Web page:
Last week, on Beal and Bunker’s mail boat, I got chatting with a young family I had never met, just arrived in Maine. In a few minutes we discovered that the tiny lake in upstate New York where they had just been vacationing was the same lake where my family has spent summers for five generations.
“We just saw your parents yesterday morning!” they exclaimed. It made my head spin.
Maine’s population may be small, but our influence is extensive. Just start collecting a list of out-of-state license plates and you’ll see how far Maine’s reach extends across the continent. Time and again in our small communities, one hears stories of unlikely coincidences that unite Maine with far away places. Today’s story is an example of one of those delightful Maine-made connections.
Last month at Left Bank Books, my favorite little bookstore in Searsport, Jane McCloskey gave a talk about her new book, “Robert McCloskey: A Private Life in Words and Pictures.” It is a biography of Jane’s father, author of several children’s books set in Maine.
Mindy Blake, of Hampden, attended the Aug. 5 talk on behalf of her cousin, Sandra, an avid McCloskey fan from Ohio. She left her husband, Stan, on board their boat, Alert, in Stockton Springs and headed to Searsport for the talk.
At the urging of her friends, Mindy sent me her story.
“Friday evening I drove to Left Bank, a charming, tiny bookstore [previously a bank] in Searsport. Jane McCloskey, a daughter of the renowned children’s book author-illustrator Robert McCloskey was there to sign her just-published book about her famous father.
“Robert McCloskey, the author of ‘Blueberries for Sal,’ ‘Burt Dow, Deep-water Man,’ ‘Make Way for Ducklings,’ and other classic children’s books, was born in Hamilton, Ohio, also my hometown. My ancestors founded Hamilton.
“Robert McCloskey’s sister, Dorothy, graduated from Hamilton High school the same year as my mother; in my copy of the 1936 Hamilton High School yearbook, Dorothy’s picture is right above that of my mother, Carol McMechan. Jane was visibly moved when I showed her the picture of her aunt in the yearbook, and asked if I would send her a copy of the page.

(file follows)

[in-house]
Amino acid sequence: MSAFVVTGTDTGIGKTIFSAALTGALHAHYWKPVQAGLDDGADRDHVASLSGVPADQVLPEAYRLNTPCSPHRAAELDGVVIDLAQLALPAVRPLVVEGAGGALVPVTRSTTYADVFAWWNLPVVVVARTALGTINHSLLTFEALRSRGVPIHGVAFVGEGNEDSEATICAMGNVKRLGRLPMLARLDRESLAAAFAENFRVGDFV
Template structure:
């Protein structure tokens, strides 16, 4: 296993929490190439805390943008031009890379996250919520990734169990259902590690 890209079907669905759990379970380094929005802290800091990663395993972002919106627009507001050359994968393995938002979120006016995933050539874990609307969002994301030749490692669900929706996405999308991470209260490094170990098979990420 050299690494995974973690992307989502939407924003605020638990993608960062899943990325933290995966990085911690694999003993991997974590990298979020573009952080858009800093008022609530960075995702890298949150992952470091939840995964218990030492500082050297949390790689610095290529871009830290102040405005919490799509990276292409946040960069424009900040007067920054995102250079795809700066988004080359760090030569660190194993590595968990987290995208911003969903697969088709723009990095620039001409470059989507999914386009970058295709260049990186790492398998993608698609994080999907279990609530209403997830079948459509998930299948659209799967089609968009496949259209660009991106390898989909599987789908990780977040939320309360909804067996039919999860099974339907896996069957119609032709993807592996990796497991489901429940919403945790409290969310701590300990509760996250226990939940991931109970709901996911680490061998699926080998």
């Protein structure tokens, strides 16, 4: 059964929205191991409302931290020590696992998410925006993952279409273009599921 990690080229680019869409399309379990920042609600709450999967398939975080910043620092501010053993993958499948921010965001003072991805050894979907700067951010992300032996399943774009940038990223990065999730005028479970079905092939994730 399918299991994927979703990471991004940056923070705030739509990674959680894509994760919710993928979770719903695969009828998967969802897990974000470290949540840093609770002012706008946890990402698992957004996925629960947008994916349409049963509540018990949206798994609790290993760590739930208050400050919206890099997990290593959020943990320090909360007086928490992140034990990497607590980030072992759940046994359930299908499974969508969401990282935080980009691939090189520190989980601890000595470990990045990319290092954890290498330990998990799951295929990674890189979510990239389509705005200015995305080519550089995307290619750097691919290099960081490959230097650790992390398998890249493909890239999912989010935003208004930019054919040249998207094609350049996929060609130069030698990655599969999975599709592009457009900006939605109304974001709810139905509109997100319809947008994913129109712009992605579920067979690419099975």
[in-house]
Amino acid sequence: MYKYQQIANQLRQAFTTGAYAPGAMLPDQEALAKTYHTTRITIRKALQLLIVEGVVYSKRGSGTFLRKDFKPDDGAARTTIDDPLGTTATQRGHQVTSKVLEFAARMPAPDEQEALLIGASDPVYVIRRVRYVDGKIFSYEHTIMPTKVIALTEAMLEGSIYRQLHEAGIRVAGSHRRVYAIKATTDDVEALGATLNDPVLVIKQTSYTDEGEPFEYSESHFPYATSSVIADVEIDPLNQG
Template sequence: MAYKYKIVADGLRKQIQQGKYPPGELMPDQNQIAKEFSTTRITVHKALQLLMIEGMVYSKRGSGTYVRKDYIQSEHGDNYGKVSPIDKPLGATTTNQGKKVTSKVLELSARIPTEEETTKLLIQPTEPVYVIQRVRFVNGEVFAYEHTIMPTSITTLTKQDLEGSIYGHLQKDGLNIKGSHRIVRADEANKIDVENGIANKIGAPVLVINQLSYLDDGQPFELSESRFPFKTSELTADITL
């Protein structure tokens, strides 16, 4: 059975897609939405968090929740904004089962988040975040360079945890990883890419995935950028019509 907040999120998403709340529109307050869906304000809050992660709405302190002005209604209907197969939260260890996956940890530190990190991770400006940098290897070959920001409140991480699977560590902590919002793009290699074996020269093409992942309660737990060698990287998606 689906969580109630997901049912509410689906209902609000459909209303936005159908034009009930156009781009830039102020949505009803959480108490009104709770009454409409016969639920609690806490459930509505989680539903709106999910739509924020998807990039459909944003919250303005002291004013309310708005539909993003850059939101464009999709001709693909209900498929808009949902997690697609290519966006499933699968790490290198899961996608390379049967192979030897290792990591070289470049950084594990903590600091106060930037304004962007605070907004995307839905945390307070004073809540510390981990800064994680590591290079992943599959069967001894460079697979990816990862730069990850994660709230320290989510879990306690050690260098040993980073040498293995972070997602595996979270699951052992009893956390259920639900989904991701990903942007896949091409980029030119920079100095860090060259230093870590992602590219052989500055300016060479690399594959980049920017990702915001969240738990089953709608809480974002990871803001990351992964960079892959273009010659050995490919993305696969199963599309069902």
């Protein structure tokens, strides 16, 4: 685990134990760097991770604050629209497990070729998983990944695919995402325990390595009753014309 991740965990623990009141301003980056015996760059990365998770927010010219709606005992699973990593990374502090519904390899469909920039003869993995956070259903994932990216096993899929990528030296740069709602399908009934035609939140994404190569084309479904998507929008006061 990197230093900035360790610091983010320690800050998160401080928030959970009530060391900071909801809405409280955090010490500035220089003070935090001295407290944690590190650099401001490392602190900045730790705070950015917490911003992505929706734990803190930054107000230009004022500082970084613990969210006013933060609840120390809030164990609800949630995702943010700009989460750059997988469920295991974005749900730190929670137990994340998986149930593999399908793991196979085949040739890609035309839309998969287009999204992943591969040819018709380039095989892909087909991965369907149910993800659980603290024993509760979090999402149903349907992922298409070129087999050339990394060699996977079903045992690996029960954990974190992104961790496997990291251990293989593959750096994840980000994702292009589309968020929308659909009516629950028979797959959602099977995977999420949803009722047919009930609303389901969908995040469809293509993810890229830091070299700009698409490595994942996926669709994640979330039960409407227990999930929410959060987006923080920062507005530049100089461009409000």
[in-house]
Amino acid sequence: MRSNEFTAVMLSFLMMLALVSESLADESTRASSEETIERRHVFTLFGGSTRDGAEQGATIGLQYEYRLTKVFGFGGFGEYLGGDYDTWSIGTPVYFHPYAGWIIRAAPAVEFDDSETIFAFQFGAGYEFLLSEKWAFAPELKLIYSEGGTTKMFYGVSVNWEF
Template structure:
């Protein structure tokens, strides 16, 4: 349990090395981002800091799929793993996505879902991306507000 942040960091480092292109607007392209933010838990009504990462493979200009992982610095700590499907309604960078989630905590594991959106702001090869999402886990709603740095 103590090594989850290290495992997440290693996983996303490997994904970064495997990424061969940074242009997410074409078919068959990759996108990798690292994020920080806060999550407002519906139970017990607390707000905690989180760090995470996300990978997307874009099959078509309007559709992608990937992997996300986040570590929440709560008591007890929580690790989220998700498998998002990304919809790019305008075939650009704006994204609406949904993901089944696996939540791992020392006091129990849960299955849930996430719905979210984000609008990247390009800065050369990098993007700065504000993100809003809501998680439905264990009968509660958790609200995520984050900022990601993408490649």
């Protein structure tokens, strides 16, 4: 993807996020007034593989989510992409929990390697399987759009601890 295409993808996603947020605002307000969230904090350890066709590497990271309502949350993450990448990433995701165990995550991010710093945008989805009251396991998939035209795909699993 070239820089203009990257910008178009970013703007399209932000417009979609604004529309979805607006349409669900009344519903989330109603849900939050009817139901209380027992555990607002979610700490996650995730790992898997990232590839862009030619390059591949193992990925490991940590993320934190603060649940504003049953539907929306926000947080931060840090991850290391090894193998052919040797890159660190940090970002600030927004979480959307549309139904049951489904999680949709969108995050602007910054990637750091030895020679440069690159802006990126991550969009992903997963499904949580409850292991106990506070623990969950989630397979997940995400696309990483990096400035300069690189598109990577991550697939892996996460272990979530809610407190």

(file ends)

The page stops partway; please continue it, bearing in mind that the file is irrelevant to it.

“A Robert McCloskey museum opened a few years ago in Hamilton. My cousin Sandra volunteers as a guide in the museum. Sandra is most knowledgeable about McCloskey, his books, his life. When Sandra visited Maine for the first time three years ago, her mission was to visit Deer Isle, the setting for some of McCloskey’s books. As elementary school teachers in Hamilton, Sandra and her mother served a combined total of 70 years or more.
“In the bookstore, after attendees finished asking Jane their questions, I raised my hand to say: ‘I was born 70 years ago in Hamilton, Ohio [heads swiveled in my direction; Jane looked straight at me]. All of my family still lives there. My cousin Sandra serves as a guide in the McCloskey museum in Hamilton … my mother Carol dated your dad in middle school! [I found this out three years ago from Sandra] If my mother hadn’t blown it, I’d be you!’
“Laughter broke out. Later, Ms. McCloskey signed my copy of her father’s children’s book ‘Lentil’ which is set in Hamilton. At my request Jane inscribed ‘Lentil’ to my cousin, Sandra.
“As I was leaving, one of the bookstore owners pointed out the wide-open, massive old vault left from the bookstore’s days as a bank. Pointing to the vault, the owner smilingly commented to me: ‘made at Mosley Safe Company located in Hamilton.’ I responded, ‘That was my father’s first job in Hamilton, working at Mosley Safe.’
“After a homemade slice of blueberry cake, I drove 10 miles north to Stockton Springs harbor where Stan rowed out in Alert’s dinghy to pick me up at beach’s edge. The next morning, cocooned in my sleeping bag in the forward berth, I was still remembering the events of the previous evening.“
Thank you, Mindy, for a lovely slice of Maine, flavored with books, celebrity and a little town in Ohio.
Robin Clifford Wood welcomes feedback and suggestions at firstname.lastname@example.org.